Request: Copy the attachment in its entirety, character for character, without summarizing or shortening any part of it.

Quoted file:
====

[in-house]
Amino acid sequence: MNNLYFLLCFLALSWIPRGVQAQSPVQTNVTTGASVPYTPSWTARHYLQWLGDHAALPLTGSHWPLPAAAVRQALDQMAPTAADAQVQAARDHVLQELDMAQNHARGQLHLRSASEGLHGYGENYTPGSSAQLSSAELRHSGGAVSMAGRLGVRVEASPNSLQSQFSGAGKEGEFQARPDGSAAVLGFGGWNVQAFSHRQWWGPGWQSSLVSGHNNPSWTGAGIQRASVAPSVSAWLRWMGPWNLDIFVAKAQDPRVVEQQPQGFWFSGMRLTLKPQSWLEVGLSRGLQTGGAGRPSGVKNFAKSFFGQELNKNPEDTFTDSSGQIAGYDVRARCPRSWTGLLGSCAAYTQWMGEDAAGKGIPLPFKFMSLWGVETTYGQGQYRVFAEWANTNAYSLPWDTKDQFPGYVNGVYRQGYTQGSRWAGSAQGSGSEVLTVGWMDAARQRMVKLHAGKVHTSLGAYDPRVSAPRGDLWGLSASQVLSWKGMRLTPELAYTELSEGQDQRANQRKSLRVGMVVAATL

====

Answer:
[in-house]
Amino acid sequence: MNNLYFLLCFLALSWIPRGVQAQSPVQTNVTTGASVPYTPSWTARHYLQWLGDHAALPLTGSHWPLPAAAVRQALDQMAPTAADAQVQAARDHVLQELDMAQNHARGQLHLRSASEGLHGYGENYTPGSSAQLSSAELRHSGGAVSMAGRLGVRVEASPNSLQSQFSGAGKEGEFQARPDGSAAVLGFGGWNVQAFSHRQWWGPGWQSSLVSGHNNPSWTGAGIQRASVAPSVSAWLRWMGPWNLDIFVAKAQDPRVVEQQPQGFWFSGMRLTLKPQSWLEVGLSRGLQTGGAGRPSGVKNFAKSFFGQELNKNPEDTFTDSSGQIAGYDVRARCPRSWTGLLGSCAAYTQWMGEDAAGKGIPLPFKFMSLWGVETTYGQGQYRVFAEWANTNAYSLPWDTKDQFPGYVNGVYRQGYTQGSRWAGSAQGSGSEVLTVGWMDAARQRMVKLHAGKVHTSLGAYDPRVSAPRGDLWGLSASQVLSWKGMRLTPELAYTELSEGQDQRANQRKSLRVGMVVAATL